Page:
But even though some of these developments came a little late in the game, it was still one of the season’s strongest outings. I thought it did a really good job reminding us that, even though we can get a little annoyed at these characters when they drag us down into the muck and mire of their moral bullshit, we still care about them. Glenn’s moment with Andrea while trying to fix Dale’s RV was a nice moment. Especially for Andrea, who really needed something to help pull her out of her own asshole.
It’s kind of interesting to compare the death of Dale and its aftermath with Sophia’s. When you set the two up side by side, you see one as flip-flopped from the other. Sophia’s death was like a punch in the stomach. Definitely one of the show’s strongest, most emotional moments (if not the strongest). But unfortunately, no one really cared about Sophia. She was never really central to any storyline. And over the course of the seven episodes we saw her in, we never really got a chance to get to know her. So after Rick pulled that trigger, it seemed like the sorrow the show was trying to drum up for her felt a little fake. Dale is the complete opposite. My wife is constantly amazed — and a little turned off — by the gruesome kill-shots the show goes for more and more these days.** And while some of them I think the show really earns, Dale’s felt like overkill for overkill’s sake. But the aftermath, like the moment between Glenn and Andrea, felt good. It felt authentic.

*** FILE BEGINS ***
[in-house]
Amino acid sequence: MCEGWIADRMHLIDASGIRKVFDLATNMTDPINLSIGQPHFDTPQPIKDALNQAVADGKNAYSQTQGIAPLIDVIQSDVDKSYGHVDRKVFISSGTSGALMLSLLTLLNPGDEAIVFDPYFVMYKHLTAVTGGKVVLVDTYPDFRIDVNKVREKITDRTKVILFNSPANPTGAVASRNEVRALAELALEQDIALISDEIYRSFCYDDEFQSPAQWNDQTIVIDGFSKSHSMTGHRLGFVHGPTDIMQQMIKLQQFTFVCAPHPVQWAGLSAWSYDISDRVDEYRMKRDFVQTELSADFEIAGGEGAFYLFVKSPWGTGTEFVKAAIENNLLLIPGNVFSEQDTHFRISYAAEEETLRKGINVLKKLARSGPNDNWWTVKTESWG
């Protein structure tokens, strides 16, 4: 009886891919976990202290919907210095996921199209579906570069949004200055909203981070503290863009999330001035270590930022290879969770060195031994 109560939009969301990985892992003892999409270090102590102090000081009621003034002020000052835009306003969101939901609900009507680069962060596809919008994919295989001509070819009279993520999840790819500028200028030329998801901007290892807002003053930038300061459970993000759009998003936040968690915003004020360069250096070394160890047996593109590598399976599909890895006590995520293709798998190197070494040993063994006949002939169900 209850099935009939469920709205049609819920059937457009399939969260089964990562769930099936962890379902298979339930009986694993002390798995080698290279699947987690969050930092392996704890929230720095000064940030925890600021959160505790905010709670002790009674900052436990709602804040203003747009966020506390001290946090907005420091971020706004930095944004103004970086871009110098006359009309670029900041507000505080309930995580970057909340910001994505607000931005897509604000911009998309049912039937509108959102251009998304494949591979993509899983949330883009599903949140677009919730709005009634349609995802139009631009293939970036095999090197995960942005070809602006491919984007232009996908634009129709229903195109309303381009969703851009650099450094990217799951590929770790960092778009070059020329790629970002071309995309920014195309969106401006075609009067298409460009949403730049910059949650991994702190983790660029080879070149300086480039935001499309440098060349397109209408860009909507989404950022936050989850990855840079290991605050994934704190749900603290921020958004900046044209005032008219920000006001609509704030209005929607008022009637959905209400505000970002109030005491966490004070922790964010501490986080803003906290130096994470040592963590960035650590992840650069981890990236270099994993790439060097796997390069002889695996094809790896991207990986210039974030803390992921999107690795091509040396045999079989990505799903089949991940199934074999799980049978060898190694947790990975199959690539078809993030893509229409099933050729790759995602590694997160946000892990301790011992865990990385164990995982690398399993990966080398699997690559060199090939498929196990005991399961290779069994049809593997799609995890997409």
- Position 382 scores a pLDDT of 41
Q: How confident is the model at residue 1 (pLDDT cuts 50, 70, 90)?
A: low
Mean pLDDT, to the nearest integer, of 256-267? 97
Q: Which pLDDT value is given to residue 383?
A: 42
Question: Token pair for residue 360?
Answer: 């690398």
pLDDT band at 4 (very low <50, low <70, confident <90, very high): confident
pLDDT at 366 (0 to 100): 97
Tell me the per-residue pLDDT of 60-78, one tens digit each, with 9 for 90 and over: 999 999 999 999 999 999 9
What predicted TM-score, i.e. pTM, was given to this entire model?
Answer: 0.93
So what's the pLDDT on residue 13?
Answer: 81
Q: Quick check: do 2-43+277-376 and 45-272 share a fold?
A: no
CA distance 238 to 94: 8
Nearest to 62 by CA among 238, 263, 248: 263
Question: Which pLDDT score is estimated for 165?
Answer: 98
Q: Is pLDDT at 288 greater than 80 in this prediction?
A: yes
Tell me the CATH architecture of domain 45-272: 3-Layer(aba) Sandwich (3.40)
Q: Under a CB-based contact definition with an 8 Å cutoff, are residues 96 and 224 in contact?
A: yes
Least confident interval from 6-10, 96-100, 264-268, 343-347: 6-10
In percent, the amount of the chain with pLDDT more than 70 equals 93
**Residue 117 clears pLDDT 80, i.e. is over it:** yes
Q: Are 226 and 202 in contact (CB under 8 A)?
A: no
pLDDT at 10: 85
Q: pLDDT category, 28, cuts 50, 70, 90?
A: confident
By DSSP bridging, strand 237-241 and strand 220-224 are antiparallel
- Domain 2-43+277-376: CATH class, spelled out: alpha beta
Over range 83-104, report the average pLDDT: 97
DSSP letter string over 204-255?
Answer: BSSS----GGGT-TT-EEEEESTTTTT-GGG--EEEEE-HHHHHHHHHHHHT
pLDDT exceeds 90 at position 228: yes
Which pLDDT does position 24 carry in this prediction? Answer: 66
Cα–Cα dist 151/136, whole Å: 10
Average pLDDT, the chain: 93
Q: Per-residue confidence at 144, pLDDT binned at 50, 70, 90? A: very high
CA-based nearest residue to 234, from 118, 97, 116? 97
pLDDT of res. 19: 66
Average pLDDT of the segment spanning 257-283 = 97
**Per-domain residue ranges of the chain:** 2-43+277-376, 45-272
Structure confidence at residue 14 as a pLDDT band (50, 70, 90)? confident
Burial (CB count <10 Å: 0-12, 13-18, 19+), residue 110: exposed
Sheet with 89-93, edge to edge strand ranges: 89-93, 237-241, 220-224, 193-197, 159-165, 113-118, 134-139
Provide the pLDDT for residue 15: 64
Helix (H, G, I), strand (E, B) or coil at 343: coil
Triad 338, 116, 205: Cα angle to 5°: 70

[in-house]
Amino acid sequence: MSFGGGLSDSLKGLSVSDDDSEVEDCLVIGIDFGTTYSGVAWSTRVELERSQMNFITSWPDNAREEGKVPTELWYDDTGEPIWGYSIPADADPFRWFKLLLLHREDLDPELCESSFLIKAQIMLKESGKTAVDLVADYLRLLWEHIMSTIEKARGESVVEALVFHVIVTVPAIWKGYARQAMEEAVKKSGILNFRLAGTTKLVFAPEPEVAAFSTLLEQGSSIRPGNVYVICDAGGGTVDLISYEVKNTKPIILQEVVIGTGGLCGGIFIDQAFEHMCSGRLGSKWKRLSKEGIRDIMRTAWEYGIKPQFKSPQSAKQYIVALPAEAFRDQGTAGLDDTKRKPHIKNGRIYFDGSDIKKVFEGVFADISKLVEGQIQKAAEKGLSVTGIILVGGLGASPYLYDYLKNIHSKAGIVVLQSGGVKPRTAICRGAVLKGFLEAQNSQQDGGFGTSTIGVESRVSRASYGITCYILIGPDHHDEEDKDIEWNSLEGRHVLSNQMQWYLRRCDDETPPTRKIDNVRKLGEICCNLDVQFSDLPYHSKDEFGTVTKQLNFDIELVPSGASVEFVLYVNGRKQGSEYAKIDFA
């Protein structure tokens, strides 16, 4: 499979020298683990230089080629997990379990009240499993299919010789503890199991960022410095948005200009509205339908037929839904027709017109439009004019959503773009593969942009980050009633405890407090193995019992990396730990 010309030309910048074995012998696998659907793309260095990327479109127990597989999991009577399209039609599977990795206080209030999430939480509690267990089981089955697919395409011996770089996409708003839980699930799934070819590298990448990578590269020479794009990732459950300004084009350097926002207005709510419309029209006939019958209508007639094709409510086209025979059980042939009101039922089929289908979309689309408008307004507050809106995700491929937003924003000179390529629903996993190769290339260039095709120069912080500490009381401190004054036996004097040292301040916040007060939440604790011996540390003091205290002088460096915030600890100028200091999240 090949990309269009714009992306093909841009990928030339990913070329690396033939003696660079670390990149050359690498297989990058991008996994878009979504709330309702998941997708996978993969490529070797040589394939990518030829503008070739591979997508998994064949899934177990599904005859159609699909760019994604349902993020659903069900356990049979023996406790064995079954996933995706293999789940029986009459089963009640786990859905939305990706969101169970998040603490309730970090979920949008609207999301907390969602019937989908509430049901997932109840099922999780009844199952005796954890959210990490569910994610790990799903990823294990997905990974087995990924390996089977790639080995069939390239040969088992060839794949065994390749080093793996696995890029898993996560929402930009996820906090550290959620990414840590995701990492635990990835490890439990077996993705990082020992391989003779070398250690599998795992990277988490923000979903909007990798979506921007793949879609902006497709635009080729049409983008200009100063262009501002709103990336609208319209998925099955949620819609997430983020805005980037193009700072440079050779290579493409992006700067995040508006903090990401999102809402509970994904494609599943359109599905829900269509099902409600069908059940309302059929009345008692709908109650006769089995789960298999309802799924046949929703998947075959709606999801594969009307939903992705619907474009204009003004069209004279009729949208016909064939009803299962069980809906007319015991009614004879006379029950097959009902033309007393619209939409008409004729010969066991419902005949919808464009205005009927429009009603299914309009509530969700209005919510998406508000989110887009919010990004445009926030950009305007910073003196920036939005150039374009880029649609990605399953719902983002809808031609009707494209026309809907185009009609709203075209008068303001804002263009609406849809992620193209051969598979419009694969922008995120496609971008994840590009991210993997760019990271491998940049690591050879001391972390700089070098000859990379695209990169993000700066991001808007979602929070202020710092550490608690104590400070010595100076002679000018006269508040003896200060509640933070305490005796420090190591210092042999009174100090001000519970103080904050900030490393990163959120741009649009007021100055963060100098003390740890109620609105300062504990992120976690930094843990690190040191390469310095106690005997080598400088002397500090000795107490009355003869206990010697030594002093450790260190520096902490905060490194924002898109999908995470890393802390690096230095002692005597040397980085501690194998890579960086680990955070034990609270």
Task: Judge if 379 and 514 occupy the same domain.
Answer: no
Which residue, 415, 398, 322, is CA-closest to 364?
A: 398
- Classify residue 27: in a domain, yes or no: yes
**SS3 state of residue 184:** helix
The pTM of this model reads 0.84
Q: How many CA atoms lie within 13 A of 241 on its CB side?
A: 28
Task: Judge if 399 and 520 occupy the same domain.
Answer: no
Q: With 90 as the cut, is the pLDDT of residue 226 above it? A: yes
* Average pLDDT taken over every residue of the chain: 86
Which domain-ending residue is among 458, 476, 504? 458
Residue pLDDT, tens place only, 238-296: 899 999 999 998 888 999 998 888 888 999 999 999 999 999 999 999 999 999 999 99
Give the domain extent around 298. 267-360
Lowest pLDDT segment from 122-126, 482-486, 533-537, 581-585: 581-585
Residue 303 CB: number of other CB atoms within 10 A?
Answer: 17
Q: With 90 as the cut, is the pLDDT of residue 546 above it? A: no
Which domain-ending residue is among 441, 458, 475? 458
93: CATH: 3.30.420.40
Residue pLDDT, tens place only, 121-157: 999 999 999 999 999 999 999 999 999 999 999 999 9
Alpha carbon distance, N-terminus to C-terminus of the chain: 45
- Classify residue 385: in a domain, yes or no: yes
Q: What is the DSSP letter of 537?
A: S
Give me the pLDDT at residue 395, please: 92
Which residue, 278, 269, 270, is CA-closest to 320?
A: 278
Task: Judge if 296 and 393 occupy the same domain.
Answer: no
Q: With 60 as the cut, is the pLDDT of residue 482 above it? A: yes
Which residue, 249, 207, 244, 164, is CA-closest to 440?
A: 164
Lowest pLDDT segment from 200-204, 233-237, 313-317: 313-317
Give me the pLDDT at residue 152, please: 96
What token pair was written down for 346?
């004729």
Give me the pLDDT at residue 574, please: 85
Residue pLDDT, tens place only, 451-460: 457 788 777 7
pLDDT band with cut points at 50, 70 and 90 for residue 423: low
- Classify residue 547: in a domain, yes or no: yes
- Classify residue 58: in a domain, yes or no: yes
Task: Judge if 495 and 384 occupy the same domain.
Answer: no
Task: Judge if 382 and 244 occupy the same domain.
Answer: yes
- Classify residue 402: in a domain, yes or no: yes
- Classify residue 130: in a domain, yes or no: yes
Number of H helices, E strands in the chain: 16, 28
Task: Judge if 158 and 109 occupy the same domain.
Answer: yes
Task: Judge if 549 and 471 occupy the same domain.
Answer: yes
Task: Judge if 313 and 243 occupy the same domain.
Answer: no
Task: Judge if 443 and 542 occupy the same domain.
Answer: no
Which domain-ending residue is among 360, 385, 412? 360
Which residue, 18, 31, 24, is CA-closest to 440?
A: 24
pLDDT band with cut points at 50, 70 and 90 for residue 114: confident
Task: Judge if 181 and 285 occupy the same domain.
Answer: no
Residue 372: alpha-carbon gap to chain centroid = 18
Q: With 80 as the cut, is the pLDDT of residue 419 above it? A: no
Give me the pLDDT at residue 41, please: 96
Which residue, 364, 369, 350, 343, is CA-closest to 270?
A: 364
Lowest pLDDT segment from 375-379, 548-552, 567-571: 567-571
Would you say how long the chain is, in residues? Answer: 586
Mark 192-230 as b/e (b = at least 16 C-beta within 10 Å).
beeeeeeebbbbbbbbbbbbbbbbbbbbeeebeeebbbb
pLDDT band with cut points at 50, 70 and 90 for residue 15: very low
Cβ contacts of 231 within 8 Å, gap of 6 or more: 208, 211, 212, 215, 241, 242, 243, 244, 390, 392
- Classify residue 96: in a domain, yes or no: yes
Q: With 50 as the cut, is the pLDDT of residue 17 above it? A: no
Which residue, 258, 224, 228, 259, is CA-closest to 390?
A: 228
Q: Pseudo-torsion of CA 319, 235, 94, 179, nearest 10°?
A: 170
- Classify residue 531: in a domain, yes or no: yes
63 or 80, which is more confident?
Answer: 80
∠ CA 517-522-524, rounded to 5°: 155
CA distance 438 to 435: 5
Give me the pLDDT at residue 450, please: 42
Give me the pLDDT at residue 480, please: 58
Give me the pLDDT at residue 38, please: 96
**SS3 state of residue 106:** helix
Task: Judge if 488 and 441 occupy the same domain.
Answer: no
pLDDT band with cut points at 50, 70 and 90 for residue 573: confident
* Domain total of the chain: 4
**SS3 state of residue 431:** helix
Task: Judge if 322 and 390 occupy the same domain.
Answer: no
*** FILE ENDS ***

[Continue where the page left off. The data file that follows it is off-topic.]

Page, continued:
(**And for those of you out there who agree with her, you might as well get used to it. Something like is of course going to appeal to a large chunk of the folks tuning in. And the way in which the show does it is kind of unique, so it’s already kind of turned into its thing. And again, with the ratings it’s pulling in, I wouldn’t expect them to change the formula up too much.)
But the tussle between Rick and Shane was definitely the episode’s main course. That Shane was going waaay off the reservation I thought was clear pretty early on. But when I thought that Shane’s plan was to let Randall go then force Rick and everyone else into making a move against them, he was actually planning on taking Rick out into the woods and shooting him in the head. And if I wasn’t expecting that, I definitely wasn’t expecting Rick to talk him down, convince him to go back to the farm and talk things over, then whip out a knife and stab Shane in the chest LIKE A BOSS. Rick screaming, “This was you, not me!” was the cherry on top.
And on top of that we found that a lot of what we thought we knew about the virus was wrong. It turns out that you don’t necessarily have to be bitten to turn into a zombie. Just being dead works fine. To be honest, I don’t know how that affects anything going forward, besides forcing the survivors to put down anyone who may die of natural causes.